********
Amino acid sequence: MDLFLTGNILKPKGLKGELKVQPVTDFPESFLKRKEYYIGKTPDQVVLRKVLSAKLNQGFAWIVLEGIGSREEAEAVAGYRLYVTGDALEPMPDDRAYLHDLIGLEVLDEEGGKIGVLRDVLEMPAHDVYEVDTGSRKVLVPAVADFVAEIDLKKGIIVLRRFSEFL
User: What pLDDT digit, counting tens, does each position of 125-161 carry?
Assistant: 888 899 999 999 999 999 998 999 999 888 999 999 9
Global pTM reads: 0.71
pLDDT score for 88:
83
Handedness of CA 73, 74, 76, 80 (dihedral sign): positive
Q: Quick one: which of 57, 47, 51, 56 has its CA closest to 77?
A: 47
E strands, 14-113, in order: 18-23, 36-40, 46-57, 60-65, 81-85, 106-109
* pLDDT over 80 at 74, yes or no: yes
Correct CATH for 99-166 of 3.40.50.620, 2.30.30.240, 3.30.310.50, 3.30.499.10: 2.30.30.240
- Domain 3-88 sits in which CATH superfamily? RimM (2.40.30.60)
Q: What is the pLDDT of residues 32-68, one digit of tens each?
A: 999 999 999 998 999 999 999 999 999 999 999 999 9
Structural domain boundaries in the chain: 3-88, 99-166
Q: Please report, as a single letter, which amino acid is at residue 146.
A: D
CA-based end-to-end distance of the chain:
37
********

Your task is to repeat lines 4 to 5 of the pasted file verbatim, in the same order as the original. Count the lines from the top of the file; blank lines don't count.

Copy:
Global pTM reads: 0.71
pLDDT score for 88: